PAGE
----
So, what sparked the trend? What prompted a carmaker such as, Honda, a firm believer in petrol engine technology, to launch a i-DTEC (diesel engine) abroad? The answer comes from Benoit Tiers, MD of Audi India. “The original diesel engine has changed comprehensively during the last decade,” Tiers explains. “What a customer had in mind when thinking of a diesel engine doesn’t exist anymore.” What Tiers means is that diesel engines are now no longer considered noisy and polluting. Technological advancements over the last few years have removed these drawbacks and buyers are slowly realising this.

In the Indian context, Ian Fletcher, an auto consultant with UK-based IHS Global Insight feels that part of this is the result of vehicles powered by the 1.3 multijet oil burner such as, the Suzuki Swift, Tata Indica Vista and Fiat Linea. “Although others from Renault, Mahindra, VW Group have also helped, these companies showed Indians that diesel is more efficient. And more companies will also undoubtedly come through as demand continues to rise,” he says.

And then for auto firms planning to showcase their diesel power, the lower cost of diesel is the icing on the cake. Diesel is touted to be clean too. According to M&M’s Goenka, a modern diesel mill emits about 30% less greenhouse gases than petrol and about the same as CNG. Overall diesel emissions including diesel particulates are also down by over 90% from pre-1998 days and diesel is significantly cleaner than earlier with its reduced sulphur content. Says Goenka: “With further tightening of Indian fuel standards concurrent with the introduction of tighter emissions, these will be reduced significantly further.” So it’s time now to wait for the new generation of diesel cars. Logic says it won’t be long.

Why a diesel car costs more than a gasoline version?

A Report By: Economic Times Mumbai; Date:2009 Feb 22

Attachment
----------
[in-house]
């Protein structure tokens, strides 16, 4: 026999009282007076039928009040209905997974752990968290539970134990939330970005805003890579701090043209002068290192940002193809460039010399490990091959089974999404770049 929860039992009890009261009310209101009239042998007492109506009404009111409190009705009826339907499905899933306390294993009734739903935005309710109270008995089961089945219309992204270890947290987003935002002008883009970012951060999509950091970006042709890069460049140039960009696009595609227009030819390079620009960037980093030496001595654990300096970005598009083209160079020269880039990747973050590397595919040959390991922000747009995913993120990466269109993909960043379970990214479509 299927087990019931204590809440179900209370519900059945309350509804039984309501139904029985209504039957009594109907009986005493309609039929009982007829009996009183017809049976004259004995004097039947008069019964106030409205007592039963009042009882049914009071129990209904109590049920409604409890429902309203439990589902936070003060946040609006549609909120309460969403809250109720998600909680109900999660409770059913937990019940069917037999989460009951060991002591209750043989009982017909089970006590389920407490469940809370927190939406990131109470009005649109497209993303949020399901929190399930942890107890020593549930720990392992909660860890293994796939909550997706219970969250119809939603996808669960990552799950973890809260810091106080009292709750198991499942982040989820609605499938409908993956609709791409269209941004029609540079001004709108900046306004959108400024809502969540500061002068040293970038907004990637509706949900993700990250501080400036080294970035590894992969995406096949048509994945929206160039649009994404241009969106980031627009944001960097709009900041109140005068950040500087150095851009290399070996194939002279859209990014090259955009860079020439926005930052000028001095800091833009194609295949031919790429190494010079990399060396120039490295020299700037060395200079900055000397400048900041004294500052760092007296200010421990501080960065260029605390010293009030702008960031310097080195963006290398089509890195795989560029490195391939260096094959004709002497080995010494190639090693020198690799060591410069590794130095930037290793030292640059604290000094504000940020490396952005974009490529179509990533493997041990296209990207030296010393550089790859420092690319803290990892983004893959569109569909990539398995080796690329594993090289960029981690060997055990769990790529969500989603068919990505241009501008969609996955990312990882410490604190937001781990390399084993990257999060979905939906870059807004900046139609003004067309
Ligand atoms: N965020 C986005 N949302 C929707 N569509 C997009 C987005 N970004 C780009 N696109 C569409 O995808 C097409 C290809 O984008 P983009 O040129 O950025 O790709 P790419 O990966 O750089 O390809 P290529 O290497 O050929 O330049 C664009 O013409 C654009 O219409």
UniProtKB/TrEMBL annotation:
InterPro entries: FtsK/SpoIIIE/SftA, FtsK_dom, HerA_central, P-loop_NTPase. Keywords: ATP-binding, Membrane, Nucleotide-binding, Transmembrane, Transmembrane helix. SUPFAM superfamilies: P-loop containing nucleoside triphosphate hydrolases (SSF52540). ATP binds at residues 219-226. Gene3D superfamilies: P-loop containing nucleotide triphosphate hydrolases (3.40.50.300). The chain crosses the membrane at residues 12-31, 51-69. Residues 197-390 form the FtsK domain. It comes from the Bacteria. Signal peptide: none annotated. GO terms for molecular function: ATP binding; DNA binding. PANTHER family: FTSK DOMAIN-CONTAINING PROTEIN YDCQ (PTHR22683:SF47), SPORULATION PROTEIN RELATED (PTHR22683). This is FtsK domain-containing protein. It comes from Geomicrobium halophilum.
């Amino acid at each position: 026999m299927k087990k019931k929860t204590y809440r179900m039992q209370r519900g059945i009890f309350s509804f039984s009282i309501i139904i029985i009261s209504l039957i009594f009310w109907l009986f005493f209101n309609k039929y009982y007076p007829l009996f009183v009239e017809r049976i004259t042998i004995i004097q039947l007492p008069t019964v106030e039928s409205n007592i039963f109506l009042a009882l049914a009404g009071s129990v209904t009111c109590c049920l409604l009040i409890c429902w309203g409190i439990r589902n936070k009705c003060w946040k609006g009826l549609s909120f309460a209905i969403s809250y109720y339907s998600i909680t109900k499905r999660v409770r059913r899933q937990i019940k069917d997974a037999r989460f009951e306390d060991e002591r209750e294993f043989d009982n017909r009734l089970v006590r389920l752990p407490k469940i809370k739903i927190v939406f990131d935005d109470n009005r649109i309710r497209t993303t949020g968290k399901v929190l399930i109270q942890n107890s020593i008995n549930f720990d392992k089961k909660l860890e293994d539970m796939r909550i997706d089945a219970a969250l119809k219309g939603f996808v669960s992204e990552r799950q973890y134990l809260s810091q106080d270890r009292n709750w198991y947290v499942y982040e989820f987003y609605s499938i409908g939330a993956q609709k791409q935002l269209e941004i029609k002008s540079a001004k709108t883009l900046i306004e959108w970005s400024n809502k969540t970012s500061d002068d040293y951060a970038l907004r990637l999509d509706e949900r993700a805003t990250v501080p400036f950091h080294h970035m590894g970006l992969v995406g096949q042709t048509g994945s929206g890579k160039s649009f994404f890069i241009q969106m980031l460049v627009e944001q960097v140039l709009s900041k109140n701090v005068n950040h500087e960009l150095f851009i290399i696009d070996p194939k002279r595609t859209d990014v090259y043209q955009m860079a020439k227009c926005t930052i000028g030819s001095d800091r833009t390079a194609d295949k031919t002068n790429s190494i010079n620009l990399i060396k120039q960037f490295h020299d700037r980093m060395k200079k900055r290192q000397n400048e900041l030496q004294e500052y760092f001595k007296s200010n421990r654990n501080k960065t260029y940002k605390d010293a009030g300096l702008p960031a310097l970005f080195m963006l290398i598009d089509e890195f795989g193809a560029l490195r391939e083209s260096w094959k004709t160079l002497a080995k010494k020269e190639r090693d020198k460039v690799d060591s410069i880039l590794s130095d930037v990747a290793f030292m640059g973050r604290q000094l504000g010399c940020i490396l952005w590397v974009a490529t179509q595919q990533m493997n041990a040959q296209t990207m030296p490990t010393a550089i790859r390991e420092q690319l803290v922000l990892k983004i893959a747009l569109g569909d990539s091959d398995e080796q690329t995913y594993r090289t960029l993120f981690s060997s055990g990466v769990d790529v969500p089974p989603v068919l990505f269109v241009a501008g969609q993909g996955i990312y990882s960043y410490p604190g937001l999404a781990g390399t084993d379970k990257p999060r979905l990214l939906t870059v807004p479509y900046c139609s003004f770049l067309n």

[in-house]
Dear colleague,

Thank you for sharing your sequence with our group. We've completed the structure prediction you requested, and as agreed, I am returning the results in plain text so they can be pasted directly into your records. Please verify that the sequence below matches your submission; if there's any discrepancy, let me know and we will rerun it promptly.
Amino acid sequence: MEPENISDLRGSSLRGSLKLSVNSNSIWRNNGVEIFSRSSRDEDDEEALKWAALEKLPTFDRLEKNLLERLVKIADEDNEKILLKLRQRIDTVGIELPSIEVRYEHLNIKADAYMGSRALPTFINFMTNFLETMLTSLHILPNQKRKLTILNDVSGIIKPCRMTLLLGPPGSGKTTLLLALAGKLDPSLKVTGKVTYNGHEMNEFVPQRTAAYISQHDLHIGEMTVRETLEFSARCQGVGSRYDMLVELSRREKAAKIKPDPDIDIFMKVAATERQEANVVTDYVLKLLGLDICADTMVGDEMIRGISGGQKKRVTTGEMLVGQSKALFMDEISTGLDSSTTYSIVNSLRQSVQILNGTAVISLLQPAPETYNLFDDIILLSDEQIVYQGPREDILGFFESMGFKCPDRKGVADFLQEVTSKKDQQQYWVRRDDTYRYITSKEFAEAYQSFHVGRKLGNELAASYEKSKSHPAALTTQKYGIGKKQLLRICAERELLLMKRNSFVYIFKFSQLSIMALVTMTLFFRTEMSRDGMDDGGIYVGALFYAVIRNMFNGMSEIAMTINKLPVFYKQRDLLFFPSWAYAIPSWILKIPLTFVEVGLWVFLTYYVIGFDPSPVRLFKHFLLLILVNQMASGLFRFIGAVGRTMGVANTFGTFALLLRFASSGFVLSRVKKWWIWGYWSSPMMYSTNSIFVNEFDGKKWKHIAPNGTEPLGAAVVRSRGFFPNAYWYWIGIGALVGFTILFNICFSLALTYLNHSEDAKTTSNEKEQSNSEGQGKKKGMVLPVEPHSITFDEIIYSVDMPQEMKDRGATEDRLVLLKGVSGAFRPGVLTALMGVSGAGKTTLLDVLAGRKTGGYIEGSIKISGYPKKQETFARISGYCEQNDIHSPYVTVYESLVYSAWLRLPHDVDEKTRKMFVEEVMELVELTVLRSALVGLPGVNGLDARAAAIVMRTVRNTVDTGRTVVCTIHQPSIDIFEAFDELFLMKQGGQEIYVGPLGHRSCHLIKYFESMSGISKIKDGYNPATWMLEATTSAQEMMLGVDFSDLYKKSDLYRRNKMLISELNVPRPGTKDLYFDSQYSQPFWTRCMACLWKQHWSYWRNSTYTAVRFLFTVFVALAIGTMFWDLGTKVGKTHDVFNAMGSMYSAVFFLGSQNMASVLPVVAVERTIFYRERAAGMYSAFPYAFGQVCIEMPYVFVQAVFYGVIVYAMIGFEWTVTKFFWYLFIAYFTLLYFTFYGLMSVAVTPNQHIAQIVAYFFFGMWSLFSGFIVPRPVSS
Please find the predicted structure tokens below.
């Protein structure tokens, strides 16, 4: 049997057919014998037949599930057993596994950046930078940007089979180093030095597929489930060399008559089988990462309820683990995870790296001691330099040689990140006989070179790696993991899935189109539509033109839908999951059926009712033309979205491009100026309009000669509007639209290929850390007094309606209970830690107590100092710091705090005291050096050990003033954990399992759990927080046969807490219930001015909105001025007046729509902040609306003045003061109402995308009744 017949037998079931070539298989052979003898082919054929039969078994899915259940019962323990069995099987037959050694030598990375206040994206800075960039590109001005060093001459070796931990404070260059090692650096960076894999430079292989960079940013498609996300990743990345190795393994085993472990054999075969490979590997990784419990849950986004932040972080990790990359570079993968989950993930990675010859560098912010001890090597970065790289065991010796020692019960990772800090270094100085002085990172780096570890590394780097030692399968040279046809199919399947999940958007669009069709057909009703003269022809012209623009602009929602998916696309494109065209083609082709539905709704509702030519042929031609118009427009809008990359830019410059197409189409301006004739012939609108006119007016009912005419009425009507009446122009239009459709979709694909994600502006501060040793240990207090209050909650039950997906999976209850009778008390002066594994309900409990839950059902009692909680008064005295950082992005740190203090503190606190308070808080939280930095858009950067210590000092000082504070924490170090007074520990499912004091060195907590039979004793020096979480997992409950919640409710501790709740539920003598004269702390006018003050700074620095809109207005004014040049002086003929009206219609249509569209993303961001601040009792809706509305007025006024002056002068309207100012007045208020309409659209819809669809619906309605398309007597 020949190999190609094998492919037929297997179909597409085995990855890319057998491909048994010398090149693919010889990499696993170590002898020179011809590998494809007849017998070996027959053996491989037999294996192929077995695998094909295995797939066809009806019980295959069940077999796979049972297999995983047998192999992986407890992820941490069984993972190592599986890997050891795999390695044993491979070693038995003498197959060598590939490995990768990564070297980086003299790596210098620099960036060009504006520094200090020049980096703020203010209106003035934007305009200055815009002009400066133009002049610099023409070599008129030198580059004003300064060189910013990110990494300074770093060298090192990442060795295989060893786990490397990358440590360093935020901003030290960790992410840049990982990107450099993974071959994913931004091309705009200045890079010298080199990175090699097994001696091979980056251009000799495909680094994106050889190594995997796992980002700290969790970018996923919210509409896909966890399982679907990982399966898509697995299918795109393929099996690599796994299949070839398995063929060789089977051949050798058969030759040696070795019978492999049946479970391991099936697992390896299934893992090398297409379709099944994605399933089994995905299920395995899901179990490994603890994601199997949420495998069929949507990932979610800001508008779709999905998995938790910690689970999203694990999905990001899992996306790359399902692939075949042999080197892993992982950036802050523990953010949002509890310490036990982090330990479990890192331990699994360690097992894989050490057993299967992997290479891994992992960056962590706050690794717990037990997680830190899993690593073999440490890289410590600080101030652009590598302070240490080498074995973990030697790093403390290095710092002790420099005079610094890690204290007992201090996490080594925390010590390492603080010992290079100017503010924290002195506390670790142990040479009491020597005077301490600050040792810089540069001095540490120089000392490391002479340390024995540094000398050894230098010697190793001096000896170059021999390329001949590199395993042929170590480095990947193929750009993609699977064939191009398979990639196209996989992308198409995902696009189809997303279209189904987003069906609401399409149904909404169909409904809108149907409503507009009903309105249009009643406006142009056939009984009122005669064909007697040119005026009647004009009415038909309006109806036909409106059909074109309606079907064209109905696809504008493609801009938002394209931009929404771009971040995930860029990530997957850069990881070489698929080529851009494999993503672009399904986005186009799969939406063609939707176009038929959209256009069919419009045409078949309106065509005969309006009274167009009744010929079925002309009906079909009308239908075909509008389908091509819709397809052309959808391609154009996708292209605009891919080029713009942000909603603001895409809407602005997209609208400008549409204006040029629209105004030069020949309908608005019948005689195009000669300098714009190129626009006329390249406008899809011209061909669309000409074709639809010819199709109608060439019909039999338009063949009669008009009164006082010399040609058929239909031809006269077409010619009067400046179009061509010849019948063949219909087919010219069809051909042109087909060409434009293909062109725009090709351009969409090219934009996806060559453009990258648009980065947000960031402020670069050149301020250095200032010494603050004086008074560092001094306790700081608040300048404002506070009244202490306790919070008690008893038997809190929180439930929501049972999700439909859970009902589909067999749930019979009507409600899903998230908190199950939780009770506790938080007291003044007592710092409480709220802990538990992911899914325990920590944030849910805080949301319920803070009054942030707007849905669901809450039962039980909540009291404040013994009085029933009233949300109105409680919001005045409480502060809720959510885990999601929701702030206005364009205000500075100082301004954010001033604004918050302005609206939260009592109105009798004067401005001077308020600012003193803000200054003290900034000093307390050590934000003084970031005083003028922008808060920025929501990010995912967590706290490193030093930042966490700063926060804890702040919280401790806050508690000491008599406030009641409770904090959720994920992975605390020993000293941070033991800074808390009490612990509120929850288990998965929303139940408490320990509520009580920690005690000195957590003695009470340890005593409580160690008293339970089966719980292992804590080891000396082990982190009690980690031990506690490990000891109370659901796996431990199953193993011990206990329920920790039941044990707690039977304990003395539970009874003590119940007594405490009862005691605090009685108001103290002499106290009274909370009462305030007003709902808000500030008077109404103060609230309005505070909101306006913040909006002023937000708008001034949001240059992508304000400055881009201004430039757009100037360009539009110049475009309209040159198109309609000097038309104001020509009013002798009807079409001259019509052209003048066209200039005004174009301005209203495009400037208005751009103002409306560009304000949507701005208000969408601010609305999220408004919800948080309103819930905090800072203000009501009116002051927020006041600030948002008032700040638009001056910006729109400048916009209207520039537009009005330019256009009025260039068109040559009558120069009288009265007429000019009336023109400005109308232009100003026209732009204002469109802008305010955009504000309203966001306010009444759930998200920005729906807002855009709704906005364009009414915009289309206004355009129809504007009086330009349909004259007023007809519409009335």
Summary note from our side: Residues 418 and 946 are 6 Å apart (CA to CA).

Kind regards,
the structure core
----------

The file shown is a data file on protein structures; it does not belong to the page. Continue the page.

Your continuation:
Written by: John Sarkar

Mr.CV Raman, chief GM in Maruti Suzuki’s engineering division, has the answers. “In most cases, the same model usually has different engine capacities when it comes to diesel and petrol versions,” he says. “And the diesel is generally bigger.” Case in point: The Hindustan Ambassador with a 1.8L MPFI petrol engine and 2.0L diesel power plant.
But big doesn’t always guarantee a higher price as new car prices suggest. The secret lies somewhere else. Raman also points out that a contemporary diesel engine e.g. common rail direct injection (CRDI), uses more expensive components than a similar petrol engine. “A diesel generates more heat. Unlike a petrol engine, a diesel doesn’t have spark plugs to ignite the fuel-air mixture. The ignition happens when it intakes air and compresses it. The heat of the compressed air lights the fuel,” explains Raman. So, the high operating temperature ensures that the diesel enjoys premium treatment when it comes to component quality.
Along with expensive components, most oilburners also come fitted with turbochargers and this increases the overall price as well. A turbocharger is a forced induction system that increases an engine’s horsepower without adding too much weight. It compresses the air that flows into the engine. This means that more air can be squeezed into the cylinder, and more air means more fuel can be subsequently added to create greater power during combustion.
Well, so far so good. But then Gupta’s retailer also mentioned to him that the diesel Swift would ensure better fuel efficiency. And again the would-be car buyer wanted to know why. Well, this time the answer lies in the inherent quality of diesel.
It takes less refining to create diesel which explains its slightly lower cost. Also it is more oily and heavy than petrol for which it evaporates slowly (in fact diesel’s boiling point is higher than water). Diesel also posseses more carbon atoms in longer chains than gasoline which explains its higher energy density than petrol. This coupled with efficient engines gives diesel cars the tag of being more fuel efficient.
Also, in environmental terms diesel emits very low quantities of hydrocarbons, carbon dioxide and carbon monoxide — the ones responsible for global warming. The disadvantage lies in the fact that burning diesel emits high amounts of nitrogen compounds and particulate matter, also known as soot. But continuous advancements in technology coupled with ultra-low-sulphur diesel have managed to cut this down by over 90%. And if automobile experts are to be believed, this is just the beginning.